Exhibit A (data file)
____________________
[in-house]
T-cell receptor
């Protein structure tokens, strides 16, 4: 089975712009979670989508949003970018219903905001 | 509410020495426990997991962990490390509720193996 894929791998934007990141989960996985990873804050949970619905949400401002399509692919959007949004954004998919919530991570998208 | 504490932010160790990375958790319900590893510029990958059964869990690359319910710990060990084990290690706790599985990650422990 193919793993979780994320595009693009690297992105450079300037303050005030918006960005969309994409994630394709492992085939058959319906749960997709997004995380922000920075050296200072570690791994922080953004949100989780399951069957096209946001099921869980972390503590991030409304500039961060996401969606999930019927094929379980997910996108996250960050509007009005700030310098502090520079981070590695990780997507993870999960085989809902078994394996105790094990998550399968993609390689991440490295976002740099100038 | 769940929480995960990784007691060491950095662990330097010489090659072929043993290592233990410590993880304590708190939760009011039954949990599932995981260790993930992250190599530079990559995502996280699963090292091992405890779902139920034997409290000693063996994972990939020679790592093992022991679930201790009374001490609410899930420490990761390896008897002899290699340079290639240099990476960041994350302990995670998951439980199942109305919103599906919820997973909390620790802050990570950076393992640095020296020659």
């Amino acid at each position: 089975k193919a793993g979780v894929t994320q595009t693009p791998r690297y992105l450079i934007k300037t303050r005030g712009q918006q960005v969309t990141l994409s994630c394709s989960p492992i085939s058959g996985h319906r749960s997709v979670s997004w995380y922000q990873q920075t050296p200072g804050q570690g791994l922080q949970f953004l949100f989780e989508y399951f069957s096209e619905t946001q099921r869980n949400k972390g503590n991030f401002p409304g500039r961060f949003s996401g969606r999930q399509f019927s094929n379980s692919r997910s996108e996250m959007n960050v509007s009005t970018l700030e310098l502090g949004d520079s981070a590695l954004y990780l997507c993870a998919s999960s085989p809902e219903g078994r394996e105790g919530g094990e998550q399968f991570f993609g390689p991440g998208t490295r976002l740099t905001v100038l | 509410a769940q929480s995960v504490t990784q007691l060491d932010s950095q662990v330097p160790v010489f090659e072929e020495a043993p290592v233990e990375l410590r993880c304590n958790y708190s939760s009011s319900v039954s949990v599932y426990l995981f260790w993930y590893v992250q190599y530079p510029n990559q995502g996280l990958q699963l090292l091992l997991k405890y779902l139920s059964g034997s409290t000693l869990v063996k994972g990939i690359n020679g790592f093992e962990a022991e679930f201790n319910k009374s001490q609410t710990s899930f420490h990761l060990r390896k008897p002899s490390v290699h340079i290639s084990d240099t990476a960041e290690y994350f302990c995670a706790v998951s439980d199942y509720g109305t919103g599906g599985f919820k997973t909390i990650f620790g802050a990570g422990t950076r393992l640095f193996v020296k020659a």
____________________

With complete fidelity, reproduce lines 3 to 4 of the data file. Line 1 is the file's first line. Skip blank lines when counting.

């Protein structure tokens, strides 16, 4: 089975712009979670989508949003970018219903905001 | 509410020495426990997991962990490390509720193996 894929791998934007990141989960996985990873804050949970619905949400401002399509692919959007949004954004998919919530991570998208 | 504490932010160790990375958790319900590893510029990958059964869990690359319910710990060990084990290690706790599985990650422990 193919793993979780994320595009693009690297992105450079300037303050005030918006960005969309994409994630394709492992085939058959319906749960997709997004995380922000920075050296200072570690791994922080953004949100989780399951069957096209946001099921869980972390503590991030409304500039961060996401969606999930019927094929379980997910996108996250960050509007009005700030310098502090520079981070590695990780997507993870999960085989809902078994394996105790094990998550399968993609390689991440490295976002740099100038 | 769940929480995960990784007691060491950095662990330097010489090659072929043993290592233990410590993880304590708190939760009011039954949990599932995981260790993930992250190599530079990559995502996280699963090292091992405890779902139920034997409290000693063996994972990939020679790592093992022991679930201790009374001490609410899930420490990761390896008897002899290699340079290639240099990476960041994350302990995670998951439980199942109305919103599906919820997973909390620790802050990570950076393992640095020296020659």
């Amino acid at each position: 089975k193919a793993g979780v894929t994320q595009t693009p791998r690297y992105l450079i934007k300037t303050r005030g712009q918006q960005v969309t990141l994409s994630c394709s989960p492992i085939s058959g996985h319906r749960s997709v979670s997004w995380y922000q990873q920075t050296p200072g804050q570690g791994l922080q949970f953004l949100f989780e989508y399951f069957s096209e619905t946001q099921r869980n949400k972390g503590n991030f401002p409304g500039r961060f949003s996401g969606r999930q399509f019927s094929n379980s692919r997910s996108e996250m959007n960050v509007s009005t970018l700030e310098l502090g949004d520079s981070a590695l954004y990780l997507c993870a998919s999960s085989p809902e219903g078994r394996e105790g919530g094990e998550q399968f991570f993609g390689p991440g998208t490295r976002l740099t905001v100038l | 509410a769940q929480s995960v504490t990784q007691l060491d932010s950095q662990v330097p160790v010489f090659e072929e020495a043993p290592v233990e990375l410590r993880c304590n958790y708190s939760s009011s319900v039954s949990v599932y426990l995981f260790w993930y590893v992250q190599y530079p510029n990559q995502g996280l990958q699963l090292l091992l997991k405890y779902l139920s059964g034997s409290t000693l869990v063996k994972g990939i690359n020679g790592f093992e962990a022991e679930f201790n319910k009374s001490q609410t710990s899930f420490h990761l060990r390896k008897p002899s490390v290699h340079i290639s084990d240099t990476a960041e290690y994350f302990c995670a706790v998951s439980d199942y509720g109305t919103g599906g599985f919820k997973t909390i990650f620790g802050a990570g422990t950076r393992l640095f193996v020296k020659a």